(4) The respondent went up in appeal to the Court of Session, against his conviction and sentence. The learned Sessions Judge agreed with the learned Magistrate that the land in dispute belonged to the Government and that the respondent had taken unlawful possession and was evicted on the 9th November, 1963, in pursuance of an order passed under section 163 of the Himachal Pradesh Land Rev enue Act. The learned Sessions Judge also agreed that the respondent had again taken unlawful possession of the land. But the learned Sessions Judge disagreed with the learned Magistrate that the land was in the actual possession of the Government. The learned Sessions Judge was of the view that the land was in the actual possession of the, right-holders and that as the prosecution had not led any evidence to prove that any annoyance had been caused to the right-holders on account of the unlawful entry of the respondent it could not be inferred that the respondent had entered upon the land with intent to annoy the person in possession. The learned Sessions Judge was, further, of the view that as the respondent had been tilling the land for the last 25 or 30 years, his entry upon the land was in assertion of a bona fide claim of right and not with intent to annoy and that the trespass committed by him was civil trespass and not criminal trespass. As a result of his findings, the learned Sessions Judge set aside the conviction and sentence of the respondent and, as already stated, acquitted him of an offence under section 447, Indian Penal Code.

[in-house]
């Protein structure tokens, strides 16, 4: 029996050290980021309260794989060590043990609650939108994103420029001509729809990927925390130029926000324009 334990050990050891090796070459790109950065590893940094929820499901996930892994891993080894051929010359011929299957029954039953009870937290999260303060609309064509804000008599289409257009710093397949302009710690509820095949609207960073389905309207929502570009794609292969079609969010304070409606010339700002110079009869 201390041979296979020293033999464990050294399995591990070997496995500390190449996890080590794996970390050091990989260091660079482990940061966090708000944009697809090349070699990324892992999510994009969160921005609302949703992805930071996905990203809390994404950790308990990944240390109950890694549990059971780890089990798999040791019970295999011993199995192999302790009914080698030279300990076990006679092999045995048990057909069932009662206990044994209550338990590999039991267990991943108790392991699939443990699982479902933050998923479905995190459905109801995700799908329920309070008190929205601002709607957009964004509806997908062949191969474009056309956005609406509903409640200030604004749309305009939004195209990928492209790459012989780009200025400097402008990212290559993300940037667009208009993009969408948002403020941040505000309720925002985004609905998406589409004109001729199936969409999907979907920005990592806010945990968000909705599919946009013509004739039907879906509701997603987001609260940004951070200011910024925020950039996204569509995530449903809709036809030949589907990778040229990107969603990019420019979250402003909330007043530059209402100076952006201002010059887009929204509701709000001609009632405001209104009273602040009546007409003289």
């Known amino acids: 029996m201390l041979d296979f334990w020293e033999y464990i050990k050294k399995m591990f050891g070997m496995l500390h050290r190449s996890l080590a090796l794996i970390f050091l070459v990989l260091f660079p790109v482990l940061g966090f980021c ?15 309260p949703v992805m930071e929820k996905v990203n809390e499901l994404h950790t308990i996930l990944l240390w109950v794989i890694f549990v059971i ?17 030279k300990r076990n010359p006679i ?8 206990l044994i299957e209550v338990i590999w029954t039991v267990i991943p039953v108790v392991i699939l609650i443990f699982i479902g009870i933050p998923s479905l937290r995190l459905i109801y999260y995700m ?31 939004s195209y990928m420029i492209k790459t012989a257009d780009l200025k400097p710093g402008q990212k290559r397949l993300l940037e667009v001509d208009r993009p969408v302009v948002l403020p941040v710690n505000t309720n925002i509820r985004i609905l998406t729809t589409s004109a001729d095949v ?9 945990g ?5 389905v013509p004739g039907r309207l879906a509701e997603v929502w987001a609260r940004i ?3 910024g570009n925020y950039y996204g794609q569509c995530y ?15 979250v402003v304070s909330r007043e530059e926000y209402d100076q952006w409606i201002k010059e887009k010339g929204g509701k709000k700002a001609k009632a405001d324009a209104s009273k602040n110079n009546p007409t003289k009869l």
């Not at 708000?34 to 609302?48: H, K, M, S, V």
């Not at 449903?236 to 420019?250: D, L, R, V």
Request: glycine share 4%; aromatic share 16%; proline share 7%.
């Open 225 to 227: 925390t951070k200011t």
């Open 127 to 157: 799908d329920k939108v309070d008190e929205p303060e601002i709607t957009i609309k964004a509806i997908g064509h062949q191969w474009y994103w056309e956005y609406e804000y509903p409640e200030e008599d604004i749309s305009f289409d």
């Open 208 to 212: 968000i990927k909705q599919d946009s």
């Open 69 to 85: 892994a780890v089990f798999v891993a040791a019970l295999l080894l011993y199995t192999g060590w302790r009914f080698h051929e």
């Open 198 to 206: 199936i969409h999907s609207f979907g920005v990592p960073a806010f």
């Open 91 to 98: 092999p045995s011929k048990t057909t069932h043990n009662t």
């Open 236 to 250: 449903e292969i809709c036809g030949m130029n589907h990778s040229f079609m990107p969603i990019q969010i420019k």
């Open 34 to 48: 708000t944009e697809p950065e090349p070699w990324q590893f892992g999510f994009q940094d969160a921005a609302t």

(5) The State has filed the present appeal against the acquittal of the respondent.